Smart building evolution: Nature influences architectural philosophy

Explore the evolution from ‘form follows function’ to nature-centric integration for sustainable and innovative structures

The latest generation of smart buildings goes beyond mere technological efficiency. Fahroni/Shutterstock

The evolution of architectural philosophy, from Louis Sullivan’s “form follows function” to Frank Lloyd Wright’s integration of “form and function,” underscores the importance of considering the environment, form, function, and human interconnectedness in smart building design. Architects, as described by HMC Architects, are now tasked with creating structures that not only visually delight but also contribute to environmental regeneration, human health, and wellness.

The latest generation of smart buildings goes beyond mere technological efficiency; they are designed with nature as a model. Whole system integration, where building components work in partnership with the environment throughout their lifecycle, has become the standard. Embracing a new social contract with nature is essential for innovation in architecture.

Nature provides a rich source of inspiration for smart building design. For instance, mimicking organisms that use fluids for thermal stability, designers can integrate thermally activated surfaces for human comfort without relying on traditional HVAC systems. By adopting a biological classification approach, architects can create buildings that respond and adapt to their environments, fostering a climate-centric design.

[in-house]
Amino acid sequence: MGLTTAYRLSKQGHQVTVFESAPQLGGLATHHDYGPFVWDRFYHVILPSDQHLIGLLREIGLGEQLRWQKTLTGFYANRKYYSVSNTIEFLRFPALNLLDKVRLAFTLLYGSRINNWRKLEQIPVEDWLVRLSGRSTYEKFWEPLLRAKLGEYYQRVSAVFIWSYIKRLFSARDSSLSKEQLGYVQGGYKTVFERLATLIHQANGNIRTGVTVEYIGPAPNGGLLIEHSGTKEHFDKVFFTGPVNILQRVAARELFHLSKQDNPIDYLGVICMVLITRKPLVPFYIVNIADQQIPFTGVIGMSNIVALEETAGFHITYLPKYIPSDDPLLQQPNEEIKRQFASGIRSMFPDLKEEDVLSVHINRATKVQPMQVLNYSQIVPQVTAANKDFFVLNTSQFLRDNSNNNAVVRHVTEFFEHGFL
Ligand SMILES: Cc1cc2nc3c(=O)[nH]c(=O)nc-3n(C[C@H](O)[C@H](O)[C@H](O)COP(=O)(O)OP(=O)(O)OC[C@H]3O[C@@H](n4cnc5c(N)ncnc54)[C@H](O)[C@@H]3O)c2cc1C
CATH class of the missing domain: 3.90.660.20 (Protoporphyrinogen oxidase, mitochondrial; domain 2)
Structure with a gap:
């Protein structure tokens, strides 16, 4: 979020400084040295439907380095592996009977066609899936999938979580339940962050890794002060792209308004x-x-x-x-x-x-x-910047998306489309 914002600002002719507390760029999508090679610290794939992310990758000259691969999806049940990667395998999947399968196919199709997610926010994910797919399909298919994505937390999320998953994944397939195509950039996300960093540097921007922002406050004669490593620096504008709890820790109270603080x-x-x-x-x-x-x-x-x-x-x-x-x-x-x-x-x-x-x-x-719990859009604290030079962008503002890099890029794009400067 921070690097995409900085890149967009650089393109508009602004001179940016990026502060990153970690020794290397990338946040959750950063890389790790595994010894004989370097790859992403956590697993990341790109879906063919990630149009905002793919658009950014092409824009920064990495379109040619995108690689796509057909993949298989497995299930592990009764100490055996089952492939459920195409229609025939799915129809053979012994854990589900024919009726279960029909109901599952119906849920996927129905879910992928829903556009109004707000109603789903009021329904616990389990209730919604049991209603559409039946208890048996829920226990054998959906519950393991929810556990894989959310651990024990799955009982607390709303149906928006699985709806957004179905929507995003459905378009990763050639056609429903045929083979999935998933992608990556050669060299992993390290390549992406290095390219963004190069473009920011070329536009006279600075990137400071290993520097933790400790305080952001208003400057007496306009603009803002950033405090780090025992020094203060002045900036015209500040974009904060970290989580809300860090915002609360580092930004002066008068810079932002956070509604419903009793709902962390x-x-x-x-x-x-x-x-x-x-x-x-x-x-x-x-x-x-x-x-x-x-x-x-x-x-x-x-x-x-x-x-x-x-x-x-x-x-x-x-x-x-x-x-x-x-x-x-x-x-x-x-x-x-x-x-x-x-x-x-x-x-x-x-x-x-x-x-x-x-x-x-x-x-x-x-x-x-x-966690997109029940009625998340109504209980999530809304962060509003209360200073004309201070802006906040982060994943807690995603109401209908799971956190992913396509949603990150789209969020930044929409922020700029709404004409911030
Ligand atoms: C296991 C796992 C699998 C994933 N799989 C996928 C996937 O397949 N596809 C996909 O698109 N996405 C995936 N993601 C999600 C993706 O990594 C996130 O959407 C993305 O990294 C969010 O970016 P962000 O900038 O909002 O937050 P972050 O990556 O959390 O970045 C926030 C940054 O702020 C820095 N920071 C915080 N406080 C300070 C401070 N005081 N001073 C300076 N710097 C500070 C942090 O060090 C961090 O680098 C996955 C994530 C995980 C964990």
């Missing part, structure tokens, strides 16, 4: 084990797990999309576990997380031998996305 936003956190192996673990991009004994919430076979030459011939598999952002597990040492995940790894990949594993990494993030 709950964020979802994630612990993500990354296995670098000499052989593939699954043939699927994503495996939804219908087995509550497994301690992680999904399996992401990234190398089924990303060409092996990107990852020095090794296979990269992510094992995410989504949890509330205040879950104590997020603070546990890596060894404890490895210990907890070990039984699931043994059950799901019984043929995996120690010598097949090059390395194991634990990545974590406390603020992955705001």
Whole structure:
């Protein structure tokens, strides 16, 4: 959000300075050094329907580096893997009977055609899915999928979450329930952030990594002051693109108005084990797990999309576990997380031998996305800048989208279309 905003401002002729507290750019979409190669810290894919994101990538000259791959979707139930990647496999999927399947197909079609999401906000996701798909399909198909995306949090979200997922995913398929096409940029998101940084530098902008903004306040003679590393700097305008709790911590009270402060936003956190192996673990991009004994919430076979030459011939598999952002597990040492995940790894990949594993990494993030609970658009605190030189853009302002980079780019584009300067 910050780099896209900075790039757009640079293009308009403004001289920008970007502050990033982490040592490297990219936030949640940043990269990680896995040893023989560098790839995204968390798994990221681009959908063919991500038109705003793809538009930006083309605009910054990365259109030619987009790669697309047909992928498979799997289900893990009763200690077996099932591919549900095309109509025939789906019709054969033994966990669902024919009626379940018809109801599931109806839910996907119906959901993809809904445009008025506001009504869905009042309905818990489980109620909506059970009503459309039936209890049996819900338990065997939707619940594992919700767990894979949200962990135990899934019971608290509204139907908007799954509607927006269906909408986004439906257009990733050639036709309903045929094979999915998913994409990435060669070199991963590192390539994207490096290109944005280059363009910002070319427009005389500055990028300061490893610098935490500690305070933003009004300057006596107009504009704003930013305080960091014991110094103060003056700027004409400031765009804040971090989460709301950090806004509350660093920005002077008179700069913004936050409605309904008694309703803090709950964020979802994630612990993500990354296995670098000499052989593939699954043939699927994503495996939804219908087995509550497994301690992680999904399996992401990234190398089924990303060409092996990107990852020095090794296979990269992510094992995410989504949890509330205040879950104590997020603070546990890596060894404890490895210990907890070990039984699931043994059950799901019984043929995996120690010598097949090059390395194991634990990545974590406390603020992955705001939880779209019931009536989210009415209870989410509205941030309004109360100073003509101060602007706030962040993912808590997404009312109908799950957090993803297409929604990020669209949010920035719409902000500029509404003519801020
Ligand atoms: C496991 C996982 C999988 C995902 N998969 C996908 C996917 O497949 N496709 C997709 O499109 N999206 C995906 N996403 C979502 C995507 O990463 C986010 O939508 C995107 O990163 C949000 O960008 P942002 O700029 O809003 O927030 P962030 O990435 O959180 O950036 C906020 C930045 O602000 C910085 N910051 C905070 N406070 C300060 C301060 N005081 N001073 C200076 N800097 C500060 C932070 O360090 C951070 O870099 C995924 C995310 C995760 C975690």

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The Frontier Project in California serves as an early example of smart building integration, combining passive and active strategies, green roofs, evaporative cooling, and rainwater harvesting. It emphasises a place-based solution with extensive bio-climatic sensitivity, inviting the environment to be a lifelong learning partner in design.

Smart buildings, as discussed by Ugreen, offer numerous benefits, such as energy efficiency, improved comfort, safety, sustainability, and enhanced productivity. However, they also pose challenges, including high initial costs, data security risks, compatibility issues, complexity, and the need for regular maintenance. Overcoming these challenges requires careful planning, training, and expertise from building owners and managers.

In conclusion, the paradigm shift in architectural philosophy towards smart building design reflects a commitment to environmental responsibility, human well-being, and innovative solutions inspired by nature. While challenges exist, the potential benefits make smart buildings a worthwhile investment for a sustainable and technologically advanced future.

The Property Report editors wrote this article. For more information, email: [email protected].